The trolls used the night from August 28th to August 29th 2014 well. When I – the founder and administrator of the Living with an ICD Facebook Support Group- was sleeping peacefully, one of the troublemakers wrote a short post about Implantable cardioverter-defibrillators (ICD) going off during sex and “spoiling the mood”. Two others spammed the thread with useless and raunchy comments over a period of six hours.
In the morning, I noticed the sex post with its 600+ comments, a record by far until then. It was suspicious to say the least.
The thread on and itself did not violate my group’s guidelines. I allow debate and controversy related to ICD experiences, because my closed support group on Facebook should not be a comfort zone. But when I cross-checked the comments, I realised the trolls had achieved their goal. The other members of the group had fed them big time.
I did not blame the members. They tried to re-establish a civilised discussion. Rather, I was annoyed at myself because I did not inform the community on how to deal with trolls. It took me about three hours to clean the post from the nasty comments and to identify the perpetrators. I banned them from the group. I thought I had solved the problem. I was wrong.
The trolls from that evening joined forces and founded their own support group with a similar theme. I was told it was very similar to my group except for the spin to humor and entertainment. They even used a copy/paste version of my group rules.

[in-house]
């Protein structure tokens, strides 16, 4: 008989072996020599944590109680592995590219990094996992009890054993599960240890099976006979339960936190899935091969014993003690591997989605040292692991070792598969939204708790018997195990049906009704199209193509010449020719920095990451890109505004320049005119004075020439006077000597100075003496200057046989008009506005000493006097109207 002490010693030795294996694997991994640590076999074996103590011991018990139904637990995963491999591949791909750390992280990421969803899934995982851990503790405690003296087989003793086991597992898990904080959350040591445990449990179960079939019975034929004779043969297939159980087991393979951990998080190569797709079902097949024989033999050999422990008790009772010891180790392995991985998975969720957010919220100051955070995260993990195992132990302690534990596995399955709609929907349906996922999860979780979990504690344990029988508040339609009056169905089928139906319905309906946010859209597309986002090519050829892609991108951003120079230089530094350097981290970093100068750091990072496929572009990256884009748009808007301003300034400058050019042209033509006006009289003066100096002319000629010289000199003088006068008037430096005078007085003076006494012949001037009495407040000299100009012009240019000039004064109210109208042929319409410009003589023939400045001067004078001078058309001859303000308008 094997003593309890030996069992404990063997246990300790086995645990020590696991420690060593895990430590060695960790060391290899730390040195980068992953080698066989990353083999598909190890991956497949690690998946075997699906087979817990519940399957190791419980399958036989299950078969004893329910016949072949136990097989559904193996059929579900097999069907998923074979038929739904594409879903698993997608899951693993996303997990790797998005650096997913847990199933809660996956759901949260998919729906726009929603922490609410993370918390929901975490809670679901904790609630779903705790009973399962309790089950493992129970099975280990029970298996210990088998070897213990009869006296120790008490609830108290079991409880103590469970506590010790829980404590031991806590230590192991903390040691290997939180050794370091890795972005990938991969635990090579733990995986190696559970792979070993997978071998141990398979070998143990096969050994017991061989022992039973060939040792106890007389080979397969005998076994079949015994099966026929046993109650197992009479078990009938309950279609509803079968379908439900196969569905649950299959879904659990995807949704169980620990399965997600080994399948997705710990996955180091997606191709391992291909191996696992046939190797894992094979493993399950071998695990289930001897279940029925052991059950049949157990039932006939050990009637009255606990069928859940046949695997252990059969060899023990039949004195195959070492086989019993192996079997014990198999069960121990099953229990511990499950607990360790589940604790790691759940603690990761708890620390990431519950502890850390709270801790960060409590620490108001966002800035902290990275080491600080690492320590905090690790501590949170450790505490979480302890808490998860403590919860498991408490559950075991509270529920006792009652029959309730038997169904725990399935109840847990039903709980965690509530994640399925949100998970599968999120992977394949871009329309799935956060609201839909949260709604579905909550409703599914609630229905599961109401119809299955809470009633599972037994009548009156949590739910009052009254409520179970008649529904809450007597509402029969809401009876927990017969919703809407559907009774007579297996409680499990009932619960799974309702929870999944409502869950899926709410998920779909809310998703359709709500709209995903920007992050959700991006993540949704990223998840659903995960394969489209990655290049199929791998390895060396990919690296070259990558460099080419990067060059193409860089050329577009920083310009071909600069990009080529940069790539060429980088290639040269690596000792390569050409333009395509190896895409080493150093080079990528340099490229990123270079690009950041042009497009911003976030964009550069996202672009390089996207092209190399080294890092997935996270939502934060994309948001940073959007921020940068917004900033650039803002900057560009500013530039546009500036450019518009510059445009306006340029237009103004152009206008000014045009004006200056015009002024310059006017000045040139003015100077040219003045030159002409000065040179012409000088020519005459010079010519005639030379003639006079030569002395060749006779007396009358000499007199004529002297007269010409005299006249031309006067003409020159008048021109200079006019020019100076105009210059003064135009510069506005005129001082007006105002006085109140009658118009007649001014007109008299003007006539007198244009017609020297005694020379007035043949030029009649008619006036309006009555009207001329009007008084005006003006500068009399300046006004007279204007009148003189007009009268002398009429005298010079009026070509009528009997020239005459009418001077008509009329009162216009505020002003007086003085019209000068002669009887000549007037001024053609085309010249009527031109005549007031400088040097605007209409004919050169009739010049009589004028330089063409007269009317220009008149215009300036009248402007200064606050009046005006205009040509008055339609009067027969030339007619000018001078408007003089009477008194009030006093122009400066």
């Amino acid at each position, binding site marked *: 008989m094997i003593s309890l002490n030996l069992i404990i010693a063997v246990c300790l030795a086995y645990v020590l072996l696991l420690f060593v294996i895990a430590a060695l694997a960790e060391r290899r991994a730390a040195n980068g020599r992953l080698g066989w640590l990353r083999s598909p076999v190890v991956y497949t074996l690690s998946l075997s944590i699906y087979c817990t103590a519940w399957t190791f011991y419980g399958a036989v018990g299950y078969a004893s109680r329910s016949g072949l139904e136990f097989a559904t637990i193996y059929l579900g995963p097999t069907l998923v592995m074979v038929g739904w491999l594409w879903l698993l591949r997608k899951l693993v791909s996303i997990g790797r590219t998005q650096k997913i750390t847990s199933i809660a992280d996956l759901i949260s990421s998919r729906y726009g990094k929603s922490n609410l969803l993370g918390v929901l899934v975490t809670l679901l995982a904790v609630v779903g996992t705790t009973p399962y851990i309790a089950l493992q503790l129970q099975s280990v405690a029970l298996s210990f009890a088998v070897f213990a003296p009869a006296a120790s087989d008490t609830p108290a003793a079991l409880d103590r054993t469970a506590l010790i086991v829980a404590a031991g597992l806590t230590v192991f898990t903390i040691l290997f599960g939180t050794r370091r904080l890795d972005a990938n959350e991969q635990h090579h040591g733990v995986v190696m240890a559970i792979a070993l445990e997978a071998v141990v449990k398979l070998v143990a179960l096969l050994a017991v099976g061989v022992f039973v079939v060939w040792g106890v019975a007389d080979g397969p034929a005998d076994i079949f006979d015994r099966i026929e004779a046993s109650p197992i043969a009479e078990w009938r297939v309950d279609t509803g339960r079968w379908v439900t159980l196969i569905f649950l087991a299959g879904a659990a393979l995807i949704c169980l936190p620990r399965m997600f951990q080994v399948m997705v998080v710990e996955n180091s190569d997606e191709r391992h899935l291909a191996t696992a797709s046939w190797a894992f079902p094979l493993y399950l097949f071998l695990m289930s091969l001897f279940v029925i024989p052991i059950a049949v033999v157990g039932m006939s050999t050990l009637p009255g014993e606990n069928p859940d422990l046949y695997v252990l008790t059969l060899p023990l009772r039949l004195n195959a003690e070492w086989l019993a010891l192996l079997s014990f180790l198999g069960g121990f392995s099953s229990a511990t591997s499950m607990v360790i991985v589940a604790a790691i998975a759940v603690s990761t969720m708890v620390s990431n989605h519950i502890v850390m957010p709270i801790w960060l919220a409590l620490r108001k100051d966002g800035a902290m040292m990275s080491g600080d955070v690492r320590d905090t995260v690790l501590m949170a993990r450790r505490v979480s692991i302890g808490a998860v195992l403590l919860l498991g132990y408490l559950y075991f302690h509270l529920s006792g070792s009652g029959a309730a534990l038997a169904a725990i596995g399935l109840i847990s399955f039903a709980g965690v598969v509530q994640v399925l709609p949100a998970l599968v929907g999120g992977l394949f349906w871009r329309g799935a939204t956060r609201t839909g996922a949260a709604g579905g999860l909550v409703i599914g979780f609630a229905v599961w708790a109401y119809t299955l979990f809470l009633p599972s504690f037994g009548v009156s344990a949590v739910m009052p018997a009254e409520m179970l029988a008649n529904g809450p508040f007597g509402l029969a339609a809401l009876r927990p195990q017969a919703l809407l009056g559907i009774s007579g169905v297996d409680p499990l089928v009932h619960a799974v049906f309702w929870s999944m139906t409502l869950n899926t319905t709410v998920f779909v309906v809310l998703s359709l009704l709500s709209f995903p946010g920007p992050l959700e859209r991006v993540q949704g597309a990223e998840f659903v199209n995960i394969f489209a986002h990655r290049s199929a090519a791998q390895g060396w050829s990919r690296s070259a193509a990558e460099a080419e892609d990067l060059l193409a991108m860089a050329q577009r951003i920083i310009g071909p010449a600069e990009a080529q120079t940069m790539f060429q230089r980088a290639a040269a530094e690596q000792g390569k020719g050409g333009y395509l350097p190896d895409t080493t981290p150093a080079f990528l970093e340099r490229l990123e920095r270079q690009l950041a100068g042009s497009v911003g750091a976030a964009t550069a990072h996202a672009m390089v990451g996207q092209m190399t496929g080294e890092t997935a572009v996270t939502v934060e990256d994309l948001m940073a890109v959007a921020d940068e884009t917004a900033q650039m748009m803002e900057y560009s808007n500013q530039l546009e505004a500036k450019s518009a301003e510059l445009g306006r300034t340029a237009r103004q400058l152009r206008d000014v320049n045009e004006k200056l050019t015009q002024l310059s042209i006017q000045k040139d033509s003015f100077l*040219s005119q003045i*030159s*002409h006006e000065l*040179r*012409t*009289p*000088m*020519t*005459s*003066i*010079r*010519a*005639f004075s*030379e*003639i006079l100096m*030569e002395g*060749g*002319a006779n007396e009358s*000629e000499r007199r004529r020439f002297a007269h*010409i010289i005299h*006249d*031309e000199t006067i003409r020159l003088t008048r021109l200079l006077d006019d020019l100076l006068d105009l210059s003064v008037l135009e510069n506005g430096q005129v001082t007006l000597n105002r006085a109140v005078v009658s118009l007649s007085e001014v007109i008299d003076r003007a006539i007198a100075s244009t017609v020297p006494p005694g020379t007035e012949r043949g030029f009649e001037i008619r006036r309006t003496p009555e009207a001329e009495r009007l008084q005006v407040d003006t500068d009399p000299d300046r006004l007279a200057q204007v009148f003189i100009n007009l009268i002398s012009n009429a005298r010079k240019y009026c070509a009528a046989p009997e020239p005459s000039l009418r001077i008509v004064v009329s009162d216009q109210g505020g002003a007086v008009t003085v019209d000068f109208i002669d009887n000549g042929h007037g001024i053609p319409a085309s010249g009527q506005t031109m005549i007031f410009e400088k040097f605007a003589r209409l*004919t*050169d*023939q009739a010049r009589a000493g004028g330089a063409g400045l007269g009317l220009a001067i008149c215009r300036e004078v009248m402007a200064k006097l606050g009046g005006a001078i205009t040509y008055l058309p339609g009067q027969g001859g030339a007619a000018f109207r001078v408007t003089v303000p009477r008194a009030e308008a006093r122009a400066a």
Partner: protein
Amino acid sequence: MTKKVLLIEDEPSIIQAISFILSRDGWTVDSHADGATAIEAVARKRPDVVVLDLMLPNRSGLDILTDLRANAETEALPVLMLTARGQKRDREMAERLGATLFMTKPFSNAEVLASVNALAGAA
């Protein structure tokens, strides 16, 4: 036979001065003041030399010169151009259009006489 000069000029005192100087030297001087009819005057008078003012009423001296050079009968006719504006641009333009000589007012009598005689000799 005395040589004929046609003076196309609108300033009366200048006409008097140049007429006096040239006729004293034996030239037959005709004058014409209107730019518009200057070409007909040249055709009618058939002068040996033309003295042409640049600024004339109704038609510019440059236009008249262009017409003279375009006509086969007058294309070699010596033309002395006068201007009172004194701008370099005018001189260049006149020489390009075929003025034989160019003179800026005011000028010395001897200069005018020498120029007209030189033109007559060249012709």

All of a sudden, I was losing members while the new group was growing rapidly. It was put to me that they were trying to steal and attract new members from my group “behind my back”. I thought it was bad style and impertinent considering the efforts to grow my group’s reach. I was upset and uncertain. But I drew a few lessons from this unpleasant episode:
1) Do not get irritated by short term developments. If the focus and strategy of a support group are right, they will withstand turbulences.
2) Intervene early if you see a post running amok. Do not hesitate to kick trolls and troublemakers from the group quickly. I certainly was too lenient in the beginning.
3) State your “house rules” clearly and enforce them.
4) Enlighten the community on how to deal with antisocial behaviour in your group. Tell them not to “feed the trolls” and to report.
5) Provide the community with valuable and useful content, for instance with articles, polls and videos.
Since then, I did not encounter another disruptive incident in my group any more. On the contrary: It is growing rapidly and is the biggest ICD community on Facebook with 4600+ members. Moderating the group in the morning on the way to my workplace has become a daily ritual. It is like talking to an extended family.